My Neighbor Totoro, known in Japan as Tonari no Totoro, is often regarded as one of the best animated family films of all time. Little do many Western fans realize that two versions of the English dubbed movie exist. One made by Fox Studios and the other through Disney.
In 1989, just a year after its original debut, Totoro was adapted for English audiences by Streamline Pictures. The movie was exclusive to transatlantic passengers flying with Japan Airlines, and for four long years this was the one and only way to watch Totoro in English. Eventually Fox Studios acquired the rights to this exclusive dub and in 1993 they distributed it as a straight-to-video film.
While Totoro didn’t fair as well in America for cultural reasons and a lack of advertising, it still found an audience. Unsurprisingly, most of these viewers (myself included) were children. Totoro was always a movie I would show friends when they spent the night. Sort of a “You gotta see this!” attraction. Little girls yelling at dust sprites, a tubby monster screaming at the rain, an enormous multi-legged cat that also functioned as a bus — what’s not to like? And so Totoro became a classic in its own right, in my household and in many others.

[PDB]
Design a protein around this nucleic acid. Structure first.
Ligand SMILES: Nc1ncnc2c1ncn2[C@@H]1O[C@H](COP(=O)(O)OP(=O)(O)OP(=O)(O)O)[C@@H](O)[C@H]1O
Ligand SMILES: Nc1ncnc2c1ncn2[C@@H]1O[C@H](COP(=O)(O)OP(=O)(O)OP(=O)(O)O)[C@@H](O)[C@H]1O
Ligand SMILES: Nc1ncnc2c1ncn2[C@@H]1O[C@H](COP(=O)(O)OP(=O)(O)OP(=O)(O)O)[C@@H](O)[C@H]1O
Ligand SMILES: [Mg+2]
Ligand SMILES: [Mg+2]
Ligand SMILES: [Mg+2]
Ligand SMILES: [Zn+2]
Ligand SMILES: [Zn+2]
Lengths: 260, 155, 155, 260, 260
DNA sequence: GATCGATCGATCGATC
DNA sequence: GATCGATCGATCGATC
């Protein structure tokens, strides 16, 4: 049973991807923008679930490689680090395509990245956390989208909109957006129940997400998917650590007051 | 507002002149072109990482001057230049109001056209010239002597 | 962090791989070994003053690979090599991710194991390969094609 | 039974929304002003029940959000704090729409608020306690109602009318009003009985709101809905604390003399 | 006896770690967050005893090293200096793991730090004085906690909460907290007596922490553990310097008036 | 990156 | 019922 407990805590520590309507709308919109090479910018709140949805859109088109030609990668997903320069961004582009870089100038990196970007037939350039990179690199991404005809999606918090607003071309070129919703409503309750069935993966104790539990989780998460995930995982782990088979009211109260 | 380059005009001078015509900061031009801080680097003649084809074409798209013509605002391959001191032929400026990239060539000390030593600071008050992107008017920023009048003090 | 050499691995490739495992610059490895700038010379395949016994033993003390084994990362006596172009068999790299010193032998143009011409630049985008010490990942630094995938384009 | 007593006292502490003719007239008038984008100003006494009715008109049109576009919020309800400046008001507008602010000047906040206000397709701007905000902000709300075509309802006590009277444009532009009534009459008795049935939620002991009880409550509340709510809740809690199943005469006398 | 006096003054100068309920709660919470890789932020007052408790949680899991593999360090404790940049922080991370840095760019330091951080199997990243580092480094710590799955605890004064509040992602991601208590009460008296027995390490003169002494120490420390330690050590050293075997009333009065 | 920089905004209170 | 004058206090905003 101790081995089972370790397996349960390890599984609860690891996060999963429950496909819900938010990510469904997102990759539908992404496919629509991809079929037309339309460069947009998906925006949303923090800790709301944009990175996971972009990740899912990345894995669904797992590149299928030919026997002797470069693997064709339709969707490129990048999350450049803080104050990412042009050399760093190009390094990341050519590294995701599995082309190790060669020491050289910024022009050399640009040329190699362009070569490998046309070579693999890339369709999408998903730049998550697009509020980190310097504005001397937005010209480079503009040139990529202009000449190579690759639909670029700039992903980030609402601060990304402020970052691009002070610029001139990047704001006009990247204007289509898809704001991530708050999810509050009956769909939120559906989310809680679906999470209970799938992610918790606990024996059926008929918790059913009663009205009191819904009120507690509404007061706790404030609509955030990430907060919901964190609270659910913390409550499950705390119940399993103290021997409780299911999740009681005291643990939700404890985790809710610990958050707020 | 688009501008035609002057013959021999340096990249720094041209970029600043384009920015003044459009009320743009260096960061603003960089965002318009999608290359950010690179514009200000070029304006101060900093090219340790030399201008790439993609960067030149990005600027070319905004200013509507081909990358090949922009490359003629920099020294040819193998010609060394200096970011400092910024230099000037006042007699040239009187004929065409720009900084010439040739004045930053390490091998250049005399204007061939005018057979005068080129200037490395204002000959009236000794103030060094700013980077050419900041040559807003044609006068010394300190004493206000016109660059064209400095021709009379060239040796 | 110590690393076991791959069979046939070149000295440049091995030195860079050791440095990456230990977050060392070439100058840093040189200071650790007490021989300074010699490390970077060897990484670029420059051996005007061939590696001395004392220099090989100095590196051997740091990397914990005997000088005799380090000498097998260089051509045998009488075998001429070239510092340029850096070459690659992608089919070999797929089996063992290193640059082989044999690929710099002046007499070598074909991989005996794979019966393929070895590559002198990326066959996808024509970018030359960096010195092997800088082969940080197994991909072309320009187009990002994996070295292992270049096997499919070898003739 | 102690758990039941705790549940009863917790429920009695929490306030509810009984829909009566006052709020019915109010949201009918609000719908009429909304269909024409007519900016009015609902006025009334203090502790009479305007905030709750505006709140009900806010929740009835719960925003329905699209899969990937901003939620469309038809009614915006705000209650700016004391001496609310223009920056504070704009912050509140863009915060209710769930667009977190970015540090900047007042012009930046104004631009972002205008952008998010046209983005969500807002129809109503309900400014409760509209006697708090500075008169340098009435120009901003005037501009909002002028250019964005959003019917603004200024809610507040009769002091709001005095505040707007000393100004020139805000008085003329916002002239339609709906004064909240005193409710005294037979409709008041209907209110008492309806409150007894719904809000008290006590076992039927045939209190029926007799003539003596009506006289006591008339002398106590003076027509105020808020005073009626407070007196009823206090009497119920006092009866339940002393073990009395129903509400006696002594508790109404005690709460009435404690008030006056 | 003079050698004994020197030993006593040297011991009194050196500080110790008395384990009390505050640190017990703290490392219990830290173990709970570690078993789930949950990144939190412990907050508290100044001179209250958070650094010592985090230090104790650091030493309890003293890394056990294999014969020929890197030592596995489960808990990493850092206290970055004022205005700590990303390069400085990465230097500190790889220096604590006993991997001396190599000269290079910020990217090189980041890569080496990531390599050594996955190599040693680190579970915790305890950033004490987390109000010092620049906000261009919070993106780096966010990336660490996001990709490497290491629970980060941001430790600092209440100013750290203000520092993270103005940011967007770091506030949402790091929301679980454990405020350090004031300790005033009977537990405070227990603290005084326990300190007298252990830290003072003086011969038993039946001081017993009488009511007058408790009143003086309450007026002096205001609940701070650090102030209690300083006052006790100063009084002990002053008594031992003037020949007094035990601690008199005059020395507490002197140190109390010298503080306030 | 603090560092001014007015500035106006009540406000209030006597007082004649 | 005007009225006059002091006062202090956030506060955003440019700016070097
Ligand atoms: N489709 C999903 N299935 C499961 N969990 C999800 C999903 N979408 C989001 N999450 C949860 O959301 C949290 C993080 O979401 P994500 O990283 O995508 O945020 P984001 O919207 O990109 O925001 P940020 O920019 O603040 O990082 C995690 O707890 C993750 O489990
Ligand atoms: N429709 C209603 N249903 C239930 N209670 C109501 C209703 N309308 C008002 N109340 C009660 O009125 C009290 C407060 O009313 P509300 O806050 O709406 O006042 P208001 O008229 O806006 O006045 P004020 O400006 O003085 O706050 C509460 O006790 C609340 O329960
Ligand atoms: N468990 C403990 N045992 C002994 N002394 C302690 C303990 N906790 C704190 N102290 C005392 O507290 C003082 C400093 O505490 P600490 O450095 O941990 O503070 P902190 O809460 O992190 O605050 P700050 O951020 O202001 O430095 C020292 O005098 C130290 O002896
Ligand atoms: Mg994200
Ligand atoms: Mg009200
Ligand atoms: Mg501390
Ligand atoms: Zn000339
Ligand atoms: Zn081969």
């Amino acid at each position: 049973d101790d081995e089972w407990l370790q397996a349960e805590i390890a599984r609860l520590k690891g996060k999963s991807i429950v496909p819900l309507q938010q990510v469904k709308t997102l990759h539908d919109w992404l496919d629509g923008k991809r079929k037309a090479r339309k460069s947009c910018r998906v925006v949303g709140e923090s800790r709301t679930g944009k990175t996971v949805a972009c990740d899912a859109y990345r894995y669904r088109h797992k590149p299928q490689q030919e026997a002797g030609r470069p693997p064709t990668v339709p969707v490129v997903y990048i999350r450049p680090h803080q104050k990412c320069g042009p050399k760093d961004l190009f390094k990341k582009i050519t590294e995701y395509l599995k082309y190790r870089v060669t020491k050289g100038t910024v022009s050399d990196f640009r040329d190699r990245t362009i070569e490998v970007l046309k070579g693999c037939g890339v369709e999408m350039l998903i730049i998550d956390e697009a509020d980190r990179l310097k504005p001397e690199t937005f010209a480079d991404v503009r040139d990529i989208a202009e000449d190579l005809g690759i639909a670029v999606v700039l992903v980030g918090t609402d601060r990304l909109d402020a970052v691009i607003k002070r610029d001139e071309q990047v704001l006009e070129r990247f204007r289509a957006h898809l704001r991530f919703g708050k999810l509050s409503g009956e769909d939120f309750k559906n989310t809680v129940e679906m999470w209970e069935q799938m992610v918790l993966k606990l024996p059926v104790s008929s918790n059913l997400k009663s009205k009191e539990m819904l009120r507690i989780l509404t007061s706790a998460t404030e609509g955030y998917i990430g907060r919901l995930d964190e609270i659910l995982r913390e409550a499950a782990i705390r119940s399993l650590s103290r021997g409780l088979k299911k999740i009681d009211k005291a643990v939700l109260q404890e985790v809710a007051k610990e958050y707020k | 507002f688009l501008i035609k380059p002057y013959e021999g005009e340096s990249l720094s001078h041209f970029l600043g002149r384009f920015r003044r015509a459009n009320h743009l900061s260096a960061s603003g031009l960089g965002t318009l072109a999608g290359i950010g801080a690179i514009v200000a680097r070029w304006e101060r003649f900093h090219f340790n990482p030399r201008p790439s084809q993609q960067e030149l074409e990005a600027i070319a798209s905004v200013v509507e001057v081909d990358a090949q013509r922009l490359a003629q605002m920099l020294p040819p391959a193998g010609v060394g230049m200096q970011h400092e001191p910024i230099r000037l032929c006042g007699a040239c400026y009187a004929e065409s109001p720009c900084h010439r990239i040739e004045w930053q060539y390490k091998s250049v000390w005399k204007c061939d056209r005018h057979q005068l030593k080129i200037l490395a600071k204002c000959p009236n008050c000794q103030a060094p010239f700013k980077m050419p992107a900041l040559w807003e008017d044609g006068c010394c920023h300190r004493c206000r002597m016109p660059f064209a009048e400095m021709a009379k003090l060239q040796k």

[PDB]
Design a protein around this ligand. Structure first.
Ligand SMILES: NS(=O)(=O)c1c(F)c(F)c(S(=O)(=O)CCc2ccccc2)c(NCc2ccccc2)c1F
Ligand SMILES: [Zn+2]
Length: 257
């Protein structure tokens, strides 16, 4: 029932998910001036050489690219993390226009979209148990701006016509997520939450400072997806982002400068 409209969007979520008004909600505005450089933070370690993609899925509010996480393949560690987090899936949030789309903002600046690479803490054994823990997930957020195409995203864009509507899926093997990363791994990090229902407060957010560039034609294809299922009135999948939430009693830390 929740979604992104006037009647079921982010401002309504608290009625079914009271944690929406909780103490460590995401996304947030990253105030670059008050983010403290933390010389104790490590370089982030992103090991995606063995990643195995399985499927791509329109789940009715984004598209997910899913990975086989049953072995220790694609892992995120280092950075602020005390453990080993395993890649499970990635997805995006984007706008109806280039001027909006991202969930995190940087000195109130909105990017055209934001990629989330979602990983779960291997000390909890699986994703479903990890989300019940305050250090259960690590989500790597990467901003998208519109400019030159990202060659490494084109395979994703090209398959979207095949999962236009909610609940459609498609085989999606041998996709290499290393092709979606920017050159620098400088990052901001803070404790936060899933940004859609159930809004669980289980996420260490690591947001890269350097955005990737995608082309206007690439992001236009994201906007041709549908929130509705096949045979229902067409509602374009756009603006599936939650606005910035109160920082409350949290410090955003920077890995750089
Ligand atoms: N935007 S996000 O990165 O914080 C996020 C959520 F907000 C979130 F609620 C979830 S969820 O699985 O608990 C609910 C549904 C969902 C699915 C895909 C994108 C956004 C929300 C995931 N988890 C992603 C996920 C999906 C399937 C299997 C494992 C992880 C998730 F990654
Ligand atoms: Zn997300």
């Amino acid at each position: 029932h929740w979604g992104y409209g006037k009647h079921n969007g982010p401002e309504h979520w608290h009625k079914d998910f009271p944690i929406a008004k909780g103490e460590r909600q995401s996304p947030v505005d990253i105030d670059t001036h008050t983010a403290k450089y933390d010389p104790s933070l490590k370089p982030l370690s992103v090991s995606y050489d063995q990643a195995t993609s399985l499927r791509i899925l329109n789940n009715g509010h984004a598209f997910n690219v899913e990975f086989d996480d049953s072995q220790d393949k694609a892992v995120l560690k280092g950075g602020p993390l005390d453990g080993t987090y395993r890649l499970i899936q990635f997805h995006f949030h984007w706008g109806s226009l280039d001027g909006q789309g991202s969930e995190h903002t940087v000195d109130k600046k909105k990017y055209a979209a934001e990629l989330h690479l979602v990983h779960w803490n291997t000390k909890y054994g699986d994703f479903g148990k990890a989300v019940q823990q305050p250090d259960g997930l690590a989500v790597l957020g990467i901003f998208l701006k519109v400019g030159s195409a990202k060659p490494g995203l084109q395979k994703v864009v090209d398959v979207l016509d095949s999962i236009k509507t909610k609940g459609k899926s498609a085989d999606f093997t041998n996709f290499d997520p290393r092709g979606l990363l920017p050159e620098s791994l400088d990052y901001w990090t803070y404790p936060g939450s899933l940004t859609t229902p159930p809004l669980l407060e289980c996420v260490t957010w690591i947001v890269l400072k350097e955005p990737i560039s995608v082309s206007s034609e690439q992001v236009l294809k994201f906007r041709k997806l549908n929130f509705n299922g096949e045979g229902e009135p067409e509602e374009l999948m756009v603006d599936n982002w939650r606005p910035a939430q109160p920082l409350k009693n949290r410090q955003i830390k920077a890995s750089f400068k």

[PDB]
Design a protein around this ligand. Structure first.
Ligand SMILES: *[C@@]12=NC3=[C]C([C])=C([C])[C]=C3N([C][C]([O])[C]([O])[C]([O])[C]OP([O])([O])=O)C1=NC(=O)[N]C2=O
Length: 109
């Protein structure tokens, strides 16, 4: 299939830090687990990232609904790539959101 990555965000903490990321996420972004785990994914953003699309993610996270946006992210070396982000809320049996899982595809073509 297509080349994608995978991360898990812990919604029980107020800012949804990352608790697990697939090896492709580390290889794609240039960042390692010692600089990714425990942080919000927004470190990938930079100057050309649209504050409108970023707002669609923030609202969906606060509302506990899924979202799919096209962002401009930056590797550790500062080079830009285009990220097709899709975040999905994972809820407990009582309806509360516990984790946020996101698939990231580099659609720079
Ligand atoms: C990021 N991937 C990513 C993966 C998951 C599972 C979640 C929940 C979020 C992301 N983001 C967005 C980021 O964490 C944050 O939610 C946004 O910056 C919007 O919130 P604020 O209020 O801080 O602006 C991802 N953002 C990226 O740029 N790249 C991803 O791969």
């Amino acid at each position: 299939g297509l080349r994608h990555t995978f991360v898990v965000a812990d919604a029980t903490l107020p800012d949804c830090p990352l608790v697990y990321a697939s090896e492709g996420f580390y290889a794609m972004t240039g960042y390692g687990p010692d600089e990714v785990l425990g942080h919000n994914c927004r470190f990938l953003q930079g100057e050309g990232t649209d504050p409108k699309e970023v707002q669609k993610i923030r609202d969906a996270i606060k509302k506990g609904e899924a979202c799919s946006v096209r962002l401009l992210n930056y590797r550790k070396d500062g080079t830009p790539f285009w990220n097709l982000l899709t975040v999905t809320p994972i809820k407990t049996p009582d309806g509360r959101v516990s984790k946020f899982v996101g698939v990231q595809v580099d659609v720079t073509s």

By the time Totoro was released on DVD in 2002, Fox Studios only had two years of distributive rights left. In 2004 the rights were signed over to Walt Disney Studios, a company who had caught on to the magic of Studio Ghibli years prior. In fact, by 1998 Disney had already re-dubbed another Ghibli classic — Kiki’s Delivery Service. This was another film that had originally been dubbed by Streamline Pictures, and featured many of the same voice actors that had worked on the original Totoro dub.